Chinese mining billionaire to invest $300m in Zimbabwe lithium project

Shanghai-listed mining company Zhejiang Huayou Cobalt, controlled by billionaire Chen Xuehua, will invest $300 million in its Arcadia lithium mine near Harare, Zimbabwe, according to a Reuters report, citing company documents.

Prospect Lithium Zimbabwe, the holding company for the Arcadia project, will use the investment to rapidly expand the lithium mine and build a plant with a processing capacity of 4.5 million tonnes of ore and a production capacity of 400, 00 tons of lithium concentrate per year.

During the construction period, Prospect Lithium Zimbabwe will employ 600 local workers, which will increase to 900 once production begins. The Arcadia project is expected to begin delivery of its first production batch next year.

Prosper Chitambara, Senior Research Economist at the Zimbabwe Labor and Economic Development Research Institute, said investment is an important development for Zimbabwe with significant multiplier effects including job creation, contribution to tax revenue and generation of foreign currency through exports.

“The investment also has a strong industrialization element with the planned establishment of a processing plant which will ensure that the country maximizes value retention,” Chitambara said.

Huayou Cobalt completed the acquisition of Arcadia in April 2022 from australia Prospect Resources and Zimbabwean minority shareholders for $422 million. From October 2021the Arcadia project had 15.8 million tonnes of measured lithium resources and 11.8 million tonnes of proven lithium reserves.

Chinese miners have recently targeted Zimbabwe’s lithium mines, which hold great promise given that most of the country’s lithium reserves are still unexplored and it holds the largest reserves in Africa. Over the past seven months, Shenzhen Chengxin Lithium Group and Sinomine Resource Group has also invested in lithium mines in Zimbabwe.

Growing demand for environmentally friendly transportation is driving sales of electric vehicles (EVs) and the lithium-ion batteries that power them. According to a recent report from Research and Markets, company analysts say lithium-ion battery market revenue will reach $165.8 billion by 2030, growing at a compound annual growth rate of 15.3%.

Besides electric vehicles, another key reason for the growing use of lithium-ion batteries is the growth in renewable energy generation, the company said in the report. Lithium-ion batteries are now used in everything from portable devices to network-attached storage.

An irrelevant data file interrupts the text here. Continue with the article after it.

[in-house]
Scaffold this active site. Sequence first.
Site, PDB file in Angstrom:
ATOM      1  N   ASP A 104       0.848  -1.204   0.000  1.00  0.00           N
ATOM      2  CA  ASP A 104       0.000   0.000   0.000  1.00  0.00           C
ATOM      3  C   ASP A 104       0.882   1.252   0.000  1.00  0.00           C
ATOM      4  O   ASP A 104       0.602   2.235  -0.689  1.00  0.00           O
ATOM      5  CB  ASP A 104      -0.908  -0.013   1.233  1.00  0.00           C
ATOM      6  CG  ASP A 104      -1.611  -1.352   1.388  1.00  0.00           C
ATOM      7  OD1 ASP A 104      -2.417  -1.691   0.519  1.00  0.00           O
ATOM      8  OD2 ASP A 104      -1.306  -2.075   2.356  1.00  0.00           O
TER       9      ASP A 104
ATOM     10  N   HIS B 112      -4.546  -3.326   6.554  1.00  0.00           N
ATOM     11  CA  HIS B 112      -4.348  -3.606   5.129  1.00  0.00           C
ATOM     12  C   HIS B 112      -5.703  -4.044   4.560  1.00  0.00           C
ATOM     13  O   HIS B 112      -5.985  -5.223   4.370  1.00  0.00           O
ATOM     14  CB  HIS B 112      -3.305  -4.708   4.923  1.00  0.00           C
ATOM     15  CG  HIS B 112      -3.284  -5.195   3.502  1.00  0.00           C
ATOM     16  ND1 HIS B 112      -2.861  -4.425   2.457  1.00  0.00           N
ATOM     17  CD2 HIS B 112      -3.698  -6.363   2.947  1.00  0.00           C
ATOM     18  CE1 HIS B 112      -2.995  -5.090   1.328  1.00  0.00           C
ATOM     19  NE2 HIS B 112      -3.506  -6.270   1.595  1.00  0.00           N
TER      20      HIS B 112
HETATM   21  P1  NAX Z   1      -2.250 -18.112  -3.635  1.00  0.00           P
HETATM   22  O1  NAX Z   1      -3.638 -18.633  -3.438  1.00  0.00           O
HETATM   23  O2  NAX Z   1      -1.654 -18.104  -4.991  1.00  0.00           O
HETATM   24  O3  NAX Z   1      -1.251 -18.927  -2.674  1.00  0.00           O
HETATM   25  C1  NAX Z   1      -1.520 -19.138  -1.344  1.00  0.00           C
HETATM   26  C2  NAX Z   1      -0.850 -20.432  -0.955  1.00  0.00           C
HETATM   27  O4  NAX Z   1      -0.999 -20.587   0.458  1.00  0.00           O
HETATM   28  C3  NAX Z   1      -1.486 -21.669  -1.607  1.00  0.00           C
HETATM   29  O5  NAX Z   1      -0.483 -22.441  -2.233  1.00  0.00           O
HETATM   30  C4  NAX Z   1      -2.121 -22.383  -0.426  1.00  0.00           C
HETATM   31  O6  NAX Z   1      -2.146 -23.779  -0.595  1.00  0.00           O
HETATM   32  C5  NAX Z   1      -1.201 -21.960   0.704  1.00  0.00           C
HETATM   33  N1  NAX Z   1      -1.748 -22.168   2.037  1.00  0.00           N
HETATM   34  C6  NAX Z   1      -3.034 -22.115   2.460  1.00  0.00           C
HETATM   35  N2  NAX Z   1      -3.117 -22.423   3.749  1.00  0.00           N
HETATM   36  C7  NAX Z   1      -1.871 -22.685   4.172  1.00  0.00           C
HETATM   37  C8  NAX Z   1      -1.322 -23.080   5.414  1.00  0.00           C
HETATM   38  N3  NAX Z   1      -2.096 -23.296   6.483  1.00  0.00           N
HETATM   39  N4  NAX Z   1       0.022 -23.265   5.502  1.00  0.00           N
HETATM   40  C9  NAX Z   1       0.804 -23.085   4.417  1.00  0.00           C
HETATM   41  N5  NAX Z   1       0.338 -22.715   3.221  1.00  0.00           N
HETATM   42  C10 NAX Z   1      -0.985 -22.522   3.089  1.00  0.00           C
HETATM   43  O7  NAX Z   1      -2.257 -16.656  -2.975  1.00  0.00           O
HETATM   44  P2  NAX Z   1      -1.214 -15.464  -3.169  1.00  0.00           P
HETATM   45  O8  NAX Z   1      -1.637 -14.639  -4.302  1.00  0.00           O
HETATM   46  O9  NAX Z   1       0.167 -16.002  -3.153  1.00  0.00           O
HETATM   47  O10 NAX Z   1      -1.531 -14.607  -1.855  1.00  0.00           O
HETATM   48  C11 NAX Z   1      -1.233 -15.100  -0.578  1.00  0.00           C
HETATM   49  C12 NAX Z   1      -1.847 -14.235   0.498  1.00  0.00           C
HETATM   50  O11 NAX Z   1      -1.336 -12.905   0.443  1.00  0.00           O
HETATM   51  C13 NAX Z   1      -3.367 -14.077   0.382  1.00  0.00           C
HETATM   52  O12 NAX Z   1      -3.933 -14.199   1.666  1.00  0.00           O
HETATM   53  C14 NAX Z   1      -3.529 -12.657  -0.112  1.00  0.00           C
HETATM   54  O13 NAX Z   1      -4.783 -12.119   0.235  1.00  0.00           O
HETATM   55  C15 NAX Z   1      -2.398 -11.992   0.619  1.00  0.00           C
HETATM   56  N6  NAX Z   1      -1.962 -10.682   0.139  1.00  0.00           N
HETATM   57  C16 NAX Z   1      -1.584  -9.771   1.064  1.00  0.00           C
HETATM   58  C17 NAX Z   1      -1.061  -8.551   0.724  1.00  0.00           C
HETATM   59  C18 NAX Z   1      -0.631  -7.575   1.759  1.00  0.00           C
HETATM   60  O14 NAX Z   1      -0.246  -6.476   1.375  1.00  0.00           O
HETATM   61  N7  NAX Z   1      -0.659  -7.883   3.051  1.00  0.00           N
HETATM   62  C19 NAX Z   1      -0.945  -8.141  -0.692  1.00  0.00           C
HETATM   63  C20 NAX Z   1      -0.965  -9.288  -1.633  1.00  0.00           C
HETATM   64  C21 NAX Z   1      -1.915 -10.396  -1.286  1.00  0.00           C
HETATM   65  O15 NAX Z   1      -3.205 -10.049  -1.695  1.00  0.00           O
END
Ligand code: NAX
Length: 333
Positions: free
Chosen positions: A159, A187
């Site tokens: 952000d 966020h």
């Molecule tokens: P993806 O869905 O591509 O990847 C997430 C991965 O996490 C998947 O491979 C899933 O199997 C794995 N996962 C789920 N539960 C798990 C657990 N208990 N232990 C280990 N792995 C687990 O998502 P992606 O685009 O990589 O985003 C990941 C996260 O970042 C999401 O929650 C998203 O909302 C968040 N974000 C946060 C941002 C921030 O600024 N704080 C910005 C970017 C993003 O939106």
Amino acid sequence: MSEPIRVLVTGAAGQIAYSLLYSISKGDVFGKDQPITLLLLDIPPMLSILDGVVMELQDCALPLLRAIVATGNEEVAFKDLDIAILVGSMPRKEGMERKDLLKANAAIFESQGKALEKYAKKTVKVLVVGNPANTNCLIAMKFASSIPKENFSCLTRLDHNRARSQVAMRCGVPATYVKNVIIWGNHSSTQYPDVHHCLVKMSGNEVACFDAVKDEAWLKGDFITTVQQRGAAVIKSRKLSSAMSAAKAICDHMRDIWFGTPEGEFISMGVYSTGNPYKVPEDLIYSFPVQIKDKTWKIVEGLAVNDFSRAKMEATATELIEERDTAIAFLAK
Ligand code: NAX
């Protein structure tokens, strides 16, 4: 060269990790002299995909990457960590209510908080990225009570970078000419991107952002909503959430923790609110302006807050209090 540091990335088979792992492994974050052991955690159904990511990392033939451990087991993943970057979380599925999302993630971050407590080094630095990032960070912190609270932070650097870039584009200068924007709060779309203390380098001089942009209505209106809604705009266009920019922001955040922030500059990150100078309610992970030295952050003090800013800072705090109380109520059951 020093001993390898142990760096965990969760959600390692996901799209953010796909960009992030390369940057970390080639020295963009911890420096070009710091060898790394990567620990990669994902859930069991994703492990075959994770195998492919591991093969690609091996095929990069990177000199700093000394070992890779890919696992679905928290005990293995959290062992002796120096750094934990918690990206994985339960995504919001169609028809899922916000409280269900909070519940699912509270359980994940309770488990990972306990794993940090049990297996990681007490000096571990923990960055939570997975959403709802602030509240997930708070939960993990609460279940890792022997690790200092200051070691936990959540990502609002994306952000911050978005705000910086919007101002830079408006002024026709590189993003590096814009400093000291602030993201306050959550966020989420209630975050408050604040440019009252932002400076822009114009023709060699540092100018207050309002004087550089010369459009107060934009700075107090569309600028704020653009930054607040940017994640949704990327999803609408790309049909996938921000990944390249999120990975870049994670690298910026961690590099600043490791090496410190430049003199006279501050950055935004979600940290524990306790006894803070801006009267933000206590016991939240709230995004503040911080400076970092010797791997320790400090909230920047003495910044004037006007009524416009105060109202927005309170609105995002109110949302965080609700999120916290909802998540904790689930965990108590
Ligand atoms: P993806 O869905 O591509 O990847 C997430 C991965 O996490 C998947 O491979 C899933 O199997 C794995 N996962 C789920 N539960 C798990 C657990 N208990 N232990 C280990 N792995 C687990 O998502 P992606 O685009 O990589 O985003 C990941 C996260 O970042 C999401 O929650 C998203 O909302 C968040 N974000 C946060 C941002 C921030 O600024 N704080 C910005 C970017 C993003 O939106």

Huayou Cobalt has also sought to expand closer to home by investing in Indonesia to secure more sources of other raw materials used to produce electric vehicle batteries. Last April, it signed a cooperation framework agreement with the Indonesia-listed nickel company Indonesia for the development of a High Pressure Acid Leach (HPAL) treatment facility in Pomalaa, South Sulawesi, for an undisclosed price. The agreement obliges Huayou Cobalt to build the Pomalaa HPAL project, after which Vale Indonesia will have the right to acquire up to 30% of the shares.

The Pomalaa HPAL project will process limonite ore and low-grade saprolite ore from Vale Indonesia’s Pomalaa mine and produce a mixed hydroxide precipitate with a production capacity of up to 120,000 metric tonnes of nickel per year, which will be used in the batteries of electric vehicles.

Vale Indonesia Chief Financial Officer Bernardus Irmanto told Forbes Asia that Huayou Cobalt prepare studies related to, among others, power supply, water supply and tailings treatment process, which will be held within six months. The construction of the HPAL project will begin at the end of this year and should be completed within three years.

“We expect to benefit from the rapid development of the Pomalaa project as Huayou will make the initial investment,” Bernardus said.

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